Regarding the earlier post about a collection of letters called Remembering Northrop Frye: Recollections by His Students and Others in the 1940s and 1950s:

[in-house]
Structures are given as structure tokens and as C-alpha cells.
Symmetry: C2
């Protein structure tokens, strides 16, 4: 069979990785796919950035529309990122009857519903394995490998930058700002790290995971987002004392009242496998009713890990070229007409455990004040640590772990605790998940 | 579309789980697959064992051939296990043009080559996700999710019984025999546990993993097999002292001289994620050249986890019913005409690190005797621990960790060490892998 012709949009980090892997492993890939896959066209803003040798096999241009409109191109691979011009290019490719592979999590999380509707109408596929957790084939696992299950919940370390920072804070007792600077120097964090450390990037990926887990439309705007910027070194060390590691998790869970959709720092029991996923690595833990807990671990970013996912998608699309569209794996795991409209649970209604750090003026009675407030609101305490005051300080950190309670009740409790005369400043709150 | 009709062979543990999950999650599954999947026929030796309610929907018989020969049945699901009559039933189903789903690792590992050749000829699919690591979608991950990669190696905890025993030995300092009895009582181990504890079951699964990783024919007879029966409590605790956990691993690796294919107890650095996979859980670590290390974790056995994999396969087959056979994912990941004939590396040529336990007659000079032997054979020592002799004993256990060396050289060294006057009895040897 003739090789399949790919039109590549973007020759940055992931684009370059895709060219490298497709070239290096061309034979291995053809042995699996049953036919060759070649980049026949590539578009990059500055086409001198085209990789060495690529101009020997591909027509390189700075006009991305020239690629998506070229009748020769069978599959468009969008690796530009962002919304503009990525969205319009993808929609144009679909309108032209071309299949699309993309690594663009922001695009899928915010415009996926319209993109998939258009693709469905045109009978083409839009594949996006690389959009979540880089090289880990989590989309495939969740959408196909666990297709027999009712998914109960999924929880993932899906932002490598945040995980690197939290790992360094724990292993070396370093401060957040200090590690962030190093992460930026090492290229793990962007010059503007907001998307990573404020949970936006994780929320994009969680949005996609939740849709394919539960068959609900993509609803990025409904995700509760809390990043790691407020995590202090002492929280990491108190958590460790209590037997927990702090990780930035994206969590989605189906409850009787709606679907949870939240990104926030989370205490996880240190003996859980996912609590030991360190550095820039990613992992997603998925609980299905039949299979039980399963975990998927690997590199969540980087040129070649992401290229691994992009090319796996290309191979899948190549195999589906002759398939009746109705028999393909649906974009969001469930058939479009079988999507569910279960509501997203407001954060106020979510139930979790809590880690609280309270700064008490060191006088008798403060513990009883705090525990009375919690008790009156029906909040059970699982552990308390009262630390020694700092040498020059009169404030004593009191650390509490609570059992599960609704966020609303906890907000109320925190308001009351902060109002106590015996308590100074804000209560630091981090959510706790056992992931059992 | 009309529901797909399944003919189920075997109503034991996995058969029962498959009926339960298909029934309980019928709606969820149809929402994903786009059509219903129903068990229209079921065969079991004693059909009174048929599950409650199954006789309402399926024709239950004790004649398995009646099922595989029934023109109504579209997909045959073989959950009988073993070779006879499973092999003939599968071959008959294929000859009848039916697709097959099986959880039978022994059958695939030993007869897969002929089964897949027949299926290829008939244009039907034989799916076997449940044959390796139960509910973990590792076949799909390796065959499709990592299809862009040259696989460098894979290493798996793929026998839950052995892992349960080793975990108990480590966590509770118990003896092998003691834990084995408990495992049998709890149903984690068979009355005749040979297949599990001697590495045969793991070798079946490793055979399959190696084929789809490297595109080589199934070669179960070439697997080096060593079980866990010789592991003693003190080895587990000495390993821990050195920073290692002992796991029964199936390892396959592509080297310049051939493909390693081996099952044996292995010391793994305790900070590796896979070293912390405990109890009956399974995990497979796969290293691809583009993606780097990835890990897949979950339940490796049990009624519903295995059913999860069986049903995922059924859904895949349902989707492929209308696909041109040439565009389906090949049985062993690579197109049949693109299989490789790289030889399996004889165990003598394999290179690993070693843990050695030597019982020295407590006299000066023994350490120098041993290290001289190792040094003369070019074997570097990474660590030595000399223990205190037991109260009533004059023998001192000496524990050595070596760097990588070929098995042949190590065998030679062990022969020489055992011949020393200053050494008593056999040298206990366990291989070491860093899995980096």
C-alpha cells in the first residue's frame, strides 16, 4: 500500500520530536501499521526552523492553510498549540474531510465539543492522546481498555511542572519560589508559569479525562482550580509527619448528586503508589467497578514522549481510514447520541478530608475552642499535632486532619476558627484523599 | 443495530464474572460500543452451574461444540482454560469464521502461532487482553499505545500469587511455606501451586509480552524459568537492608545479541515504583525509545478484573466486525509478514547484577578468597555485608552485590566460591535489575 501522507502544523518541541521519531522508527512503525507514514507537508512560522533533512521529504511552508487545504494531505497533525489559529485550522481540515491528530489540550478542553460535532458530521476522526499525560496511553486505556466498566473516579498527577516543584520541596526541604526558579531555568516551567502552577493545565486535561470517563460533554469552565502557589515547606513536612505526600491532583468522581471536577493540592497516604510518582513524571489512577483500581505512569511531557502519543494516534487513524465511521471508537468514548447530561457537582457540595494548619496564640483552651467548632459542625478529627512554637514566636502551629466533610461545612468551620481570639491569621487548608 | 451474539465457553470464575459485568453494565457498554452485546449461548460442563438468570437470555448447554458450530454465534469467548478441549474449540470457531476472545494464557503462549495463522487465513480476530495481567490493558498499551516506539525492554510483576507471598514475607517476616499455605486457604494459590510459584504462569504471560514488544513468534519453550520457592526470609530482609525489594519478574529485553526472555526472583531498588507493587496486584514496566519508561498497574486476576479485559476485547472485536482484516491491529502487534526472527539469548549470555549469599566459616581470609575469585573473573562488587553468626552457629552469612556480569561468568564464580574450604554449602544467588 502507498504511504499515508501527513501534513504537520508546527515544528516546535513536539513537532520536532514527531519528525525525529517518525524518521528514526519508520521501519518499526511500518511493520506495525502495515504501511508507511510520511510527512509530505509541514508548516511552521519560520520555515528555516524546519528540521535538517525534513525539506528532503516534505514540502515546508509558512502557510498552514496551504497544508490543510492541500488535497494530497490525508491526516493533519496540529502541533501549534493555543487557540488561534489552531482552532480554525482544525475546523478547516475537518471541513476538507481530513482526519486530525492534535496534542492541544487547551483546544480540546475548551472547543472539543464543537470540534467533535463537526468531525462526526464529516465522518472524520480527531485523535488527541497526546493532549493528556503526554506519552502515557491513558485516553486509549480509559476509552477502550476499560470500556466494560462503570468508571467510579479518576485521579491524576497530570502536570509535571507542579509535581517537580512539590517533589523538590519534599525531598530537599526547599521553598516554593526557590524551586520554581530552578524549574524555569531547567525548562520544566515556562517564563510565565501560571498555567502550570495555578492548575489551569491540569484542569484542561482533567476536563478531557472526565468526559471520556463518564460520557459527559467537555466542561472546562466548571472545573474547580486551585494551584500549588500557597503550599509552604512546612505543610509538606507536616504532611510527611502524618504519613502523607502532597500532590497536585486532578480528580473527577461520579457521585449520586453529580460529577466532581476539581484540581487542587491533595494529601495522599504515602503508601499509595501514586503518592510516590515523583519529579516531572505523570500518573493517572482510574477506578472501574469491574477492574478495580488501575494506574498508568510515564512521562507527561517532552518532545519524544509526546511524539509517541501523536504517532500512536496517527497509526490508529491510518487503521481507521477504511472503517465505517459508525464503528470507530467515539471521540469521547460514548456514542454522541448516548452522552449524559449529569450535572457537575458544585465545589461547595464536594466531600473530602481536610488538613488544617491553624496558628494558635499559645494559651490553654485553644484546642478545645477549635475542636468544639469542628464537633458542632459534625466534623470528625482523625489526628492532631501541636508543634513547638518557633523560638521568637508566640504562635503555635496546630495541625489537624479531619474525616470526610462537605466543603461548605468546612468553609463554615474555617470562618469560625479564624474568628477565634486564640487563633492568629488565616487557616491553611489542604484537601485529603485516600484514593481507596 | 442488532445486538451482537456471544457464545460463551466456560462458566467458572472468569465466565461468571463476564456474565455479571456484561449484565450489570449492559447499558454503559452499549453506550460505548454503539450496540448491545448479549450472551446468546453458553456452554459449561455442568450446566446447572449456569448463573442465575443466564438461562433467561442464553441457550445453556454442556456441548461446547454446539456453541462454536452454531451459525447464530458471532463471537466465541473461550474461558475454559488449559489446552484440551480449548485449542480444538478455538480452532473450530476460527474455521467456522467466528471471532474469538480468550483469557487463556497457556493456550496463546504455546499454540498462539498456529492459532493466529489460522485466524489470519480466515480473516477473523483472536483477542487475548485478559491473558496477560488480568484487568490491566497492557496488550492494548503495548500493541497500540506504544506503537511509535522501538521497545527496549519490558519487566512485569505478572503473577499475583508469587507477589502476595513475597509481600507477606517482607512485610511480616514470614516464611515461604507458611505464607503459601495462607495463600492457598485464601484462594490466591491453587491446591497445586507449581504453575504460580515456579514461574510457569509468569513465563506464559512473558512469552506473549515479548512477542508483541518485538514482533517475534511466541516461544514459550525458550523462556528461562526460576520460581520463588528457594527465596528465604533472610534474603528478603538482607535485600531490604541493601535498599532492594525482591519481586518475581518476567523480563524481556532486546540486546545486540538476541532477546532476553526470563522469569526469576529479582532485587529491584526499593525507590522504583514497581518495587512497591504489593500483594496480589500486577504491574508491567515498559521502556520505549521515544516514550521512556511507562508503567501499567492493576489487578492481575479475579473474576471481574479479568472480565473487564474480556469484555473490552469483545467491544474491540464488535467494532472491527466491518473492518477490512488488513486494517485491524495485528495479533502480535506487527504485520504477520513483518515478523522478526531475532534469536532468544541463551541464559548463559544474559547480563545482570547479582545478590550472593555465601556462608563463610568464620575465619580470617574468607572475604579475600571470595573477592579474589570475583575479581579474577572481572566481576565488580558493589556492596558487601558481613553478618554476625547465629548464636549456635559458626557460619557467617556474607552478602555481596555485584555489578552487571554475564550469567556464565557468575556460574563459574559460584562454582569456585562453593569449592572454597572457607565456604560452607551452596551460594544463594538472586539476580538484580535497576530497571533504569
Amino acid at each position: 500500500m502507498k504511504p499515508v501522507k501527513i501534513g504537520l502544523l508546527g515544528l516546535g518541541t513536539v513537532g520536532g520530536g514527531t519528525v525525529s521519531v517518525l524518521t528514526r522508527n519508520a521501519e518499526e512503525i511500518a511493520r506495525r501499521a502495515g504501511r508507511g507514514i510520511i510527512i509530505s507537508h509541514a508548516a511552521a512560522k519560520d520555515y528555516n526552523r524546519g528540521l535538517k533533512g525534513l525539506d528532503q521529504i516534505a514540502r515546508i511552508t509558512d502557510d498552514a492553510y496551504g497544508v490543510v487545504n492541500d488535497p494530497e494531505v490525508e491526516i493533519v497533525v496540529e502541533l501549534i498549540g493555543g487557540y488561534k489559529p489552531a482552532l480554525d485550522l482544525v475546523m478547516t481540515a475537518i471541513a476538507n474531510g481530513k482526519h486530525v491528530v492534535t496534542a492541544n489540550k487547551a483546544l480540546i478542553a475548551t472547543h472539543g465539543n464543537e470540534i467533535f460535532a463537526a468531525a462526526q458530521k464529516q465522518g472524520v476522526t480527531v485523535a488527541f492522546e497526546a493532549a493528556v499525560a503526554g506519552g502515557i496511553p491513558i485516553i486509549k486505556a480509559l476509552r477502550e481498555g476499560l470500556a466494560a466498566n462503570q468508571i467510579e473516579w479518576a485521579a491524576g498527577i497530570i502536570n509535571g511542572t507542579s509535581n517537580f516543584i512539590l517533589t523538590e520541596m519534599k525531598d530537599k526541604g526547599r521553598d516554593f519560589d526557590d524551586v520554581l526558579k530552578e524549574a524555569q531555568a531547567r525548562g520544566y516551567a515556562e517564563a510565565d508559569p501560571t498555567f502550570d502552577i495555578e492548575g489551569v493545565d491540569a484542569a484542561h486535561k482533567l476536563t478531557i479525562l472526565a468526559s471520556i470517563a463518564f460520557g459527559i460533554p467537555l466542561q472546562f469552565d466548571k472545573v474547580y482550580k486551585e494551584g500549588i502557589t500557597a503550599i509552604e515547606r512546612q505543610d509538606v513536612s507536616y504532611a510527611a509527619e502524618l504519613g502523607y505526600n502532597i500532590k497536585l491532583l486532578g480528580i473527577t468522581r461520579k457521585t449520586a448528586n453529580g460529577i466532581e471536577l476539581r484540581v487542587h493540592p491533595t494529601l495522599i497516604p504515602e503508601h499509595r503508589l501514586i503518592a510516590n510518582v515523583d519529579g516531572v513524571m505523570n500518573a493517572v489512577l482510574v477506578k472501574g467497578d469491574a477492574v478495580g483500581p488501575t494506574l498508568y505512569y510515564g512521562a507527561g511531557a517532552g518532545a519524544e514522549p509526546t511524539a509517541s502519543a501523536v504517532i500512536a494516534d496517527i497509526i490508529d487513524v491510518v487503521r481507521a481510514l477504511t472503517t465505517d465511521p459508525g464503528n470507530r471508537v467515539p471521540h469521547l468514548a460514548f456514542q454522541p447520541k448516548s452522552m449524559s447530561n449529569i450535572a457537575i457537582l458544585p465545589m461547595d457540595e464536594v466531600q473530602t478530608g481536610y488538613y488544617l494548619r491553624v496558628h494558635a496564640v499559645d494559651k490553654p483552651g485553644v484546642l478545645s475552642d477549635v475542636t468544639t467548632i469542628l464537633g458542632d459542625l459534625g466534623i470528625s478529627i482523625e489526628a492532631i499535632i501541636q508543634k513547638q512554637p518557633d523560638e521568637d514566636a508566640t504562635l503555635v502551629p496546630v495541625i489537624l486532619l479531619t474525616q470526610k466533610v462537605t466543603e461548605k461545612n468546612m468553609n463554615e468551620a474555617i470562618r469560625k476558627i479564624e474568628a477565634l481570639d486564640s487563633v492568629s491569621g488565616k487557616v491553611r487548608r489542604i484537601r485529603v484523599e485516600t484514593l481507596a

The context for Remembering Northrop Frye is Frye’s diaries, which he kept intermittently from 1942 until 1955. Altogether there are seven diaries, or at least seven different books in which he recorded his daily activities, typically at the end of each day. In the early 1990s I began transcribing the diaries, which form a substantial body of writing––more than a quarter million words altogether. They were published as The Diaries of Northrop Frye (Toronto: University of Toronto Press, 2001. Collected Works of Northrop Frye, vol. 8). In the course of this project I sought to identify the more than 1,200 people who are mentioned by Frye. I corresponded with a number of them, most of whom were his students at Victoria College in the 1940s and 1950s. To take one year as an example, I wrote to seventy‑eight people who made an appearance in the 1949 diary: fifty‑nine responded. I would ordinarily inquire of all those I wrote whether they remembered the occasion mentioned by Frye, and I would usually invite them to provide some biographical information about themselves and to share their memories of Frye as a person and teacher. I often requested the correspondents to help identify others mentioned in the diaries. I was interested in learning specific details in order to annotate the diaries, but my invitation to the correspondents to reflect on their experiences with Frye and on the Victoria College scene at the time would help me, I hoped, to reconstruct the social landscape on campus during the seven years covered in the diaries. I received two unsolicited letters, sent to me at the urging of other correspondents. All were generous in their responses. Altogether the replies I received, many quite extensive, provide a rather remarkable body of reminiscence, and that is what is the reproduced in the eighty‑nine letters in Remembering Northrop Frye, scheduled to be released by McFarland and Co. early in 2011.